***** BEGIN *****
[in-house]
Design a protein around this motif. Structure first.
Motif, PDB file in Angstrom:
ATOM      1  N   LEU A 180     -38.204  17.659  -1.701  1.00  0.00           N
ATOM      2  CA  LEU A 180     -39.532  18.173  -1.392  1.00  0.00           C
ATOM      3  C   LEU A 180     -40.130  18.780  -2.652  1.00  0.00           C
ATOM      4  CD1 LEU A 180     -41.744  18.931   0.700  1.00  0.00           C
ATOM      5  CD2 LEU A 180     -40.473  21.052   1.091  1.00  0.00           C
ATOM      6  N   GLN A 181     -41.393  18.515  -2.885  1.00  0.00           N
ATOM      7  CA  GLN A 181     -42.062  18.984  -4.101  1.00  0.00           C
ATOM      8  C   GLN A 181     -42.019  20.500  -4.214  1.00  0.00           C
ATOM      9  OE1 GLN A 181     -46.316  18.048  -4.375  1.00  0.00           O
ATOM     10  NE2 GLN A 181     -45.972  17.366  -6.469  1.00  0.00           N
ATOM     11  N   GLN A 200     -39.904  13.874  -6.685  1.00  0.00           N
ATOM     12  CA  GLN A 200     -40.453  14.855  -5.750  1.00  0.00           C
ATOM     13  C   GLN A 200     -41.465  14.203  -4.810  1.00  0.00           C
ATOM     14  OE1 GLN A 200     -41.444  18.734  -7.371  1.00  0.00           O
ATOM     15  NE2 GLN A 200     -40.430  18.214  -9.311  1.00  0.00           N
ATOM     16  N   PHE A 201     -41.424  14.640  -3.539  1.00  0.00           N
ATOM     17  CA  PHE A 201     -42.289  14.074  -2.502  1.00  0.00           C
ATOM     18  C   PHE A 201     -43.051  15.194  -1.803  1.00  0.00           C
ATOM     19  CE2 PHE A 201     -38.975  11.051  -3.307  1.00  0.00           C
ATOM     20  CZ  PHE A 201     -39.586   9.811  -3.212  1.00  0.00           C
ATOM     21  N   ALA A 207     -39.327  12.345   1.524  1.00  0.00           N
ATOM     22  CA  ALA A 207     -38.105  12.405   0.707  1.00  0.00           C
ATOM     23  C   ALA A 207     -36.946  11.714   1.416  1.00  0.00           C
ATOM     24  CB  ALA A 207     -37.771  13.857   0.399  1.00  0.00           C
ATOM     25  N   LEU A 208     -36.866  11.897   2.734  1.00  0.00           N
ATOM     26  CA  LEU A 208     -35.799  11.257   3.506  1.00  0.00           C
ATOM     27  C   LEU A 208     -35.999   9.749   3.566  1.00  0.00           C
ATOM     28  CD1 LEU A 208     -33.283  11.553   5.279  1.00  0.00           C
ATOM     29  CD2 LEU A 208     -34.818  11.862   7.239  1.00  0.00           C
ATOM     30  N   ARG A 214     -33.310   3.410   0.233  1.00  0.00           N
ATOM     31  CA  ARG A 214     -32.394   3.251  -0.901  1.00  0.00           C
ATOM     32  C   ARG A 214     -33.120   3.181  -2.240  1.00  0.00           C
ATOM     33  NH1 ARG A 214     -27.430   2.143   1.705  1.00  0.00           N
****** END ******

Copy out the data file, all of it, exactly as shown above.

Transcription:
[in-house]
Design a protein around this motif. Structure first.
Motif, PDB file in Angstrom:
ATOM      1  N   LEU A 180     -38.204  17.659  -1.701  1.00  0.00           N
ATOM      2  CA  LEU A 180     -39.532  18.173  -1.392  1.00  0.00           C
ATOM      3  C   LEU A 180     -40.130  18.780  -2.652  1.00  0.00           C
ATOM      4  CD1 LEU A 180     -41.744  18.931   0.700  1.00  0.00           C
ATOM      5  CD2 LEU A 180     -40.473  21.052   1.091  1.00  0.00           C
ATOM      6  N   GLN A 181     -41.393  18.515  -2.885  1.00  0.00           N
ATOM      7  CA  GLN A 181     -42.062  18.984  -4.101  1.00  0.00           C
ATOM      8  C   GLN A 181     -42.019  20.500  -4.214  1.00  0.00           C
ATOM      9  OE1 GLN A 181     -46.316  18.048  -4.375  1.00  0.00           O
ATOM     10  NE2 GLN A 181     -45.972  17.366  -6.469  1.00  0.00           N
ATOM     11  N   GLN A 200     -39.904  13.874  -6.685  1.00  0.00           N
ATOM     12  CA  GLN A 200     -40.453  14.855  -5.750  1.00  0.00           C
ATOM     13  C   GLN A 200     -41.465  14.203  -4.810  1.00  0.00           C
ATOM     14  OE1 GLN A 200     -41.444  18.734  -7.371  1.00  0.00           O
ATOM     15  NE2 GLN A 200     -40.430  18.214  -9.311  1.00  0.00           N
ATOM     16  N   PHE A 201     -41.424  14.640  -3.539  1.00  0.00           N
ATOM     17  CA  PHE A 201     -42.289  14.074  -2.502  1.00  0.00           C
ATOM     18  C   PHE A 201     -43.051  15.194  -1.803  1.00  0.00           C
ATOM     19  CE2 PHE A 201     -38.975  11.051  -3.307  1.00  0.00           C
ATOM     20  CZ  PHE A 201     -39.586   9.811  -3.212  1.00  0.00           C
ATOM     21  N   ALA A 207     -39.327  12.345   1.524  1.00  0.00           N
ATOM     22  CA  ALA A 207     -38.105  12.405   0.707  1.00  0.00           C
ATOM     23  C   ALA A 207     -36.946  11.714   1.416  1.00  0.00           C
ATOM     24  CB  ALA A 207     -37.771  13.857   0.399  1.00  0.00           C
ATOM     25  N   LEU A 208     -36.866  11.897   2.734  1.00  0.00           N
ATOM     26  CA  LEU A 208     -35.799  11.257   3.506  1.00  0.00           C
ATOM     27  C   LEU A 208     -35.999   9.749   3.566  1.00  0.00           C
ATOM     28  CD1 LEU A 208     -33.283  11.553   5.279  1.00  0.00           C
ATOM     29  CD2 LEU A 208     -34.818  11.862   7.239  1.00  0.00           C
ATOM     30  N   ARG A 214     -33.310   3.410   0.233  1.00  0.00           N
ATOM     31  CA  ARG A 214     -32.394   3.251  -0.901  1.00  0.00           C
ATOM     32  C   ARG A 214     -33.120   3.181  -2.240  1.00  0.00           C
ATOM     33  NH1 ARG A 214     -27.430   2.143   1.705  1.00  0.00           N